For further thoughts on communicating climate science, see a recent presentation by Professor Will Steffen at the 2010 Australian Science Communicators National Conference, available at the website of the Australian National University's Climate Change Institute, of which Professor Steffen is Executive Director.

Tuesday, February 16, 2010

Real offsets cut cost of zero emissions Australia

It was good to see Adam Morton reporting yesterday on the practical plan to achieve zero emissions presented at Sunday's Transition Decade launch by the Beyond Zero Emissions people. Unfortunately, the headline, "Zero emissions possible - at $40bn a year", played up the cost, when there are numerous savings to set against it.

Against the high-end estimate of $40 billion a year to switch Australia to solar and wind energy over ten years, we need to allow many genuine "offsets" that are far more valid than the dodgy evasions of responsibility that would be allowed under the proposed emissions trading scheme.

As Beyond Zero Emissions' Mark Ogge pointed out at Sunday's launch, the cost of the renewable switch should be discounted by what we would no longer be spending on the exploitation of emissions-intensive fossil fuels. Then there's the cost-savings from not paying the big polluters, and, most important of all, the saving of human lives and suffering from avoided climate impacts.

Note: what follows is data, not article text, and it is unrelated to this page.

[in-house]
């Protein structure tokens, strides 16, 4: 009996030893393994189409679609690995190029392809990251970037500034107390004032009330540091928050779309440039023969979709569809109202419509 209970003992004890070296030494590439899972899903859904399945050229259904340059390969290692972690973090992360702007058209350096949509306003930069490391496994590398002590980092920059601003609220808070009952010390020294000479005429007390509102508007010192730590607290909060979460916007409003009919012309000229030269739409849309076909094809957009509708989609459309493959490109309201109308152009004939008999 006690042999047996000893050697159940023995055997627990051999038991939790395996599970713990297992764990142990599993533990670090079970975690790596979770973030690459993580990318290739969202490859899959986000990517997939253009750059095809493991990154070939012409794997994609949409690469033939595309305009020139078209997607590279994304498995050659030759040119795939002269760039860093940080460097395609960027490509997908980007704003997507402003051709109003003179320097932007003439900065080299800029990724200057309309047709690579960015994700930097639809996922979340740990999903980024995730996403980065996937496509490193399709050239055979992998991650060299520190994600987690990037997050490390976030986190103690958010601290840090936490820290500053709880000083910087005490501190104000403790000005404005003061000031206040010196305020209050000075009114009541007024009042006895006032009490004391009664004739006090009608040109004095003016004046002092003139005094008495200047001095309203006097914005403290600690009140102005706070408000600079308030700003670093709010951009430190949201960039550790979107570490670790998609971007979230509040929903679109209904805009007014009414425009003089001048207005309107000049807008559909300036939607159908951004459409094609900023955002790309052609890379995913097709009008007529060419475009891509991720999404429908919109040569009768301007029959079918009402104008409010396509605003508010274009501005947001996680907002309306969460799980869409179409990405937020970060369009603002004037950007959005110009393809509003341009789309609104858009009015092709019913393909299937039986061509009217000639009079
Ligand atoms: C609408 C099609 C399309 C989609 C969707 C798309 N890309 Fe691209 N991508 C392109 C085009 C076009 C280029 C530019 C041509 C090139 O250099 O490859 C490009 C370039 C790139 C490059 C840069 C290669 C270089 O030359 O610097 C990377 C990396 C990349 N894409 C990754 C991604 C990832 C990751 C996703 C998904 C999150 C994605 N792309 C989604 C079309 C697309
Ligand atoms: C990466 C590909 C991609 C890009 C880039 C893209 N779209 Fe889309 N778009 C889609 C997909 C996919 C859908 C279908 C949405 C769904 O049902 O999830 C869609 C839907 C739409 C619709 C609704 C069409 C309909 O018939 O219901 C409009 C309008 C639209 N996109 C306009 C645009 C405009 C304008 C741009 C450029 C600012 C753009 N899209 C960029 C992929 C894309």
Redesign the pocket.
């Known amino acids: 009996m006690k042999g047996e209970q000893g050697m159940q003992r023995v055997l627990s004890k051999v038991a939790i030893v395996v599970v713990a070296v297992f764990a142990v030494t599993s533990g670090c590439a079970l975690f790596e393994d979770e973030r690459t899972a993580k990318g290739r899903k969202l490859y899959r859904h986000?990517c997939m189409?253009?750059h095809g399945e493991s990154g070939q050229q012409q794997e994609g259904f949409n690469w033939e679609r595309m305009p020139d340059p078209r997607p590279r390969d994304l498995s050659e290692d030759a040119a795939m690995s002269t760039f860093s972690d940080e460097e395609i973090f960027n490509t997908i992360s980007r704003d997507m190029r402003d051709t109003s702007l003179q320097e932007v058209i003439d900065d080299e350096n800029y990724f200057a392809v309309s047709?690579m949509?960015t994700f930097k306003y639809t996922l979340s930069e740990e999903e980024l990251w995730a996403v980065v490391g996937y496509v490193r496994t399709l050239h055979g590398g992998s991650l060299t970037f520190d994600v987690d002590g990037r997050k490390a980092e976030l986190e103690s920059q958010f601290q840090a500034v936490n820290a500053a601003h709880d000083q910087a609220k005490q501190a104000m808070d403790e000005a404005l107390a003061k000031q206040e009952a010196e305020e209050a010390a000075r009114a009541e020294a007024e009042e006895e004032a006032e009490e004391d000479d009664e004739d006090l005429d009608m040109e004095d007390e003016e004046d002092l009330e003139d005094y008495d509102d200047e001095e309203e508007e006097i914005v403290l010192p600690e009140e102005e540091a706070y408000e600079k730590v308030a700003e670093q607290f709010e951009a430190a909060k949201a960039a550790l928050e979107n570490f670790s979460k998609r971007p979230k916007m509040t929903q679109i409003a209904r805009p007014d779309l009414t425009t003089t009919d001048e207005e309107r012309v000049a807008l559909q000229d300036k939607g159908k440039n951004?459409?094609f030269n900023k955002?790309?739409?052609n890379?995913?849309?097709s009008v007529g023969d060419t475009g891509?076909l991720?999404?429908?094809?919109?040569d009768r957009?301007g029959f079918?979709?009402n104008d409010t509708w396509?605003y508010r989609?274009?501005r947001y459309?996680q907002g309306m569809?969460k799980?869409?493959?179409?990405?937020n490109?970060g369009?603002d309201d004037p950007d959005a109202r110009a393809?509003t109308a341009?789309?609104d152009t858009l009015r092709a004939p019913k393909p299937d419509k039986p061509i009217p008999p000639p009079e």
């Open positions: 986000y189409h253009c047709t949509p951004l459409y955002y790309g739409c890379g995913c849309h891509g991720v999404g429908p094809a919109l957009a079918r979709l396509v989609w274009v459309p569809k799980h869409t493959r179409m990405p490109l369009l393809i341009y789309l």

This is entirely consistent with the positions of Sir Nicholas Stern and Professor Ross Garnaut, who have long advocated that the cost of acting early on climate is far less than the cost of later action, or none at all.

As the ANU's Professor Will Steffen also pointed out at the Transition Decade event, climate risks are being linked to progressively lower levels of global warming as knowledge accumulates.

That means that more impacts are likely to fit under the European Union's "guardrail" of 2 degrees warming over pre-industrial levels. We need to be aiming for much lower levels of warming by cutting our emissions by as much as possible, as soon as we can. That makes even $40 billion a year a bargain, and Beyond Zero Emissions should be commended for its work to transition Australia to a renewable, green economy.

See also a couple of good letters on Morton's article in today's edition of The Age ("Zero obstacles" and "See the possibilities").

Sunday, February 14, 2010

Transition Decade brings a shared plan for climate action

More than 1000 people at today's launch of the Transition Decade at the Melbourne Town Hall were called on to share a ten-year plan for emergency action to deliver a safe climate.

The packed three-hour program offered too many strong climate messages to easily summarise, beginning with Victorian Governor, Professor David De Kretser A.C., who called on the audience to value the contributions of sceptics, before noting that the climate evidence was now such that an actuary who failed to recommend climate action would be deemed irresponsible.